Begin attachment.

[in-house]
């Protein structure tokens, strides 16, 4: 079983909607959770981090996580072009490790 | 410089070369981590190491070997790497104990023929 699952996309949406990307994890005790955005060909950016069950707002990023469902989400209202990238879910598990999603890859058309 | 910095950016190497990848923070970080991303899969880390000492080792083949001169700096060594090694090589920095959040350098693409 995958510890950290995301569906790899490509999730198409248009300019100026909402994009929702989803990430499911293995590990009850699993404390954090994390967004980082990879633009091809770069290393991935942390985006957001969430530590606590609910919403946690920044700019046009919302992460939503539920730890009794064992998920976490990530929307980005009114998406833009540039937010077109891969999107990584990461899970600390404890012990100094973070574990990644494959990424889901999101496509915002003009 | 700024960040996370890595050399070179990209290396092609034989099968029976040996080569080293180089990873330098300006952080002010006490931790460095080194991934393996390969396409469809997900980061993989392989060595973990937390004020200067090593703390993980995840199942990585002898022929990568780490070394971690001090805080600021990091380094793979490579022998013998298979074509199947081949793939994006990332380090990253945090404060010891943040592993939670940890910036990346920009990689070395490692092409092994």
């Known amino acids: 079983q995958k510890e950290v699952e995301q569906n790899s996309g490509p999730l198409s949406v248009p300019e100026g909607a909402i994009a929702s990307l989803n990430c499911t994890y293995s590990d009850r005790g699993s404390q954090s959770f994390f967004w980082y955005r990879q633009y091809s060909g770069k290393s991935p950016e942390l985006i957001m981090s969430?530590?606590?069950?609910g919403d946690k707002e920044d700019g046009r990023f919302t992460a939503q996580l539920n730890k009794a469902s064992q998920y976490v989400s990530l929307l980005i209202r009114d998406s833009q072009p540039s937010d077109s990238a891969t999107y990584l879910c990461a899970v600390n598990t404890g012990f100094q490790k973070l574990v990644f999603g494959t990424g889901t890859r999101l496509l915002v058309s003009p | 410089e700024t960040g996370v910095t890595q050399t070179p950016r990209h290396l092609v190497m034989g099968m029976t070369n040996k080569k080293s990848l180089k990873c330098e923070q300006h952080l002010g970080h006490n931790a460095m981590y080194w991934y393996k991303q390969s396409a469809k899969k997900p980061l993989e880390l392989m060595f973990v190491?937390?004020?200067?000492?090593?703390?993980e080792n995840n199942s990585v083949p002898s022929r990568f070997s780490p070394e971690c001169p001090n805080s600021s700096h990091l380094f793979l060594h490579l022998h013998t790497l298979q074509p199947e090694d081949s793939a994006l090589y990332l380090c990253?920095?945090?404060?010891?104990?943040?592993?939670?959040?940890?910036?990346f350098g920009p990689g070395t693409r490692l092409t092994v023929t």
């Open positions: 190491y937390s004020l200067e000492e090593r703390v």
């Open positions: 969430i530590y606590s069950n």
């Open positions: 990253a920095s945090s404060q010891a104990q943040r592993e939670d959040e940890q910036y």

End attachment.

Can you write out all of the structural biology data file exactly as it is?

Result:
[in-house]
């Protein structure tokens, strides 16, 4: 079983909607959770981090996580072009490790 | 410089070369981590190491070997790497104990023929 699952996309949406990307994890005790955005060909950016069950707002990023469902989400209202990238879910598990999603890859058309 | 910095950016190497990848923070970080991303899969880390000492080792083949001169700096060594090694090589920095959040350098693409 995958510890950290995301569906790899490509999730198409248009300019100026909402994009929702989803990430499911293995590990009850699993404390954090994390967004980082990879633009091809770069290393991935942390985006957001969430530590606590609910919403946690920044700019046009919302992460939503539920730890009794064992998920976490990530929307980005009114998406833009540039937010077109891969999107990584990461899970600390404890012990100094973070574990990644494959990424889901999101496509915002003009 | 700024960040996370890595050399070179990209290396092609034989099968029976040996080569080293180089990873330098300006952080002010006490931790460095080194991934393996390969396409469809997900980061993989392989060595973990937390004020200067090593703390993980995840199942990585002898022929990568780490070394971690001090805080600021990091380094793979490579022998013998298979074509199947081949793939994006990332380090990253945090404060010891943040592993939670940890910036990346920009990689070395490692092409092994």
């Known amino acids: 079983q995958k510890e950290v699952e995301q569906n790899s996309g490509p999730l198409s949406v248009p300019e100026g909607a909402i994009a929702s990307l989803n990430c499911t994890y293995s590990d009850r005790g699993s404390q954090s959770f994390f967004w980082y955005r990879q633009y091809s060909g770069k290393s991935p950016e942390l985006i957001m981090s969430?530590?606590?069950?609910g919403d946690k707002e920044d700019g046009r990023f919302t992460a939503q996580l539920n730890k009794a469902s064992q998920y976490v989400s990530l929307l980005i209202r009114d998406s833009q072009p540039s937010d077109s990238a891969t999107y990584l879910c990461a899970v600390n598990t404890g012990f100094q490790k973070l574990v990644f999603g494959t990424g889901t890859r999101l496509l915002v058309s003009p | 410089e700024t960040g996370v910095t890595q050399t070179p950016r990209h290396l092609v190497m034989g099968m029976t070369n040996k080569k080293s990848l180089k990873c330098e923070q300006h952080l002010g970080h006490n931790a460095m981590y080194w991934y393996k991303q390969s396409a469809k899969k997900p980061l993989e880390l392989m060595f973990v190491?937390?004020?200067?000492?090593?703390?993980e080792n995840n199942s990585v083949p002898s022929r990568f070997s780490p070394e971690c001169p001090n805080s600021s700096h990091l380094f793979l060594h490579l022998h013998t790497l298979q074509p199947e090694d081949s793939a994006l090589y990332l380090c990253?920095?945090?404060?010891?104990?943040?592993?939670?959040?940890?910036?990346f350098g920009p990689g070395t693409r490692l092409t092994v023929t």
């Open positions: 190491y937390s004020l200067e000492e090593r703390v």
């Open positions: 969430i530590y606590s069950n």
């Open positions: 990253a920095s945090s404060q010891a104990q943040r592993e939670d959040e940890q910036y």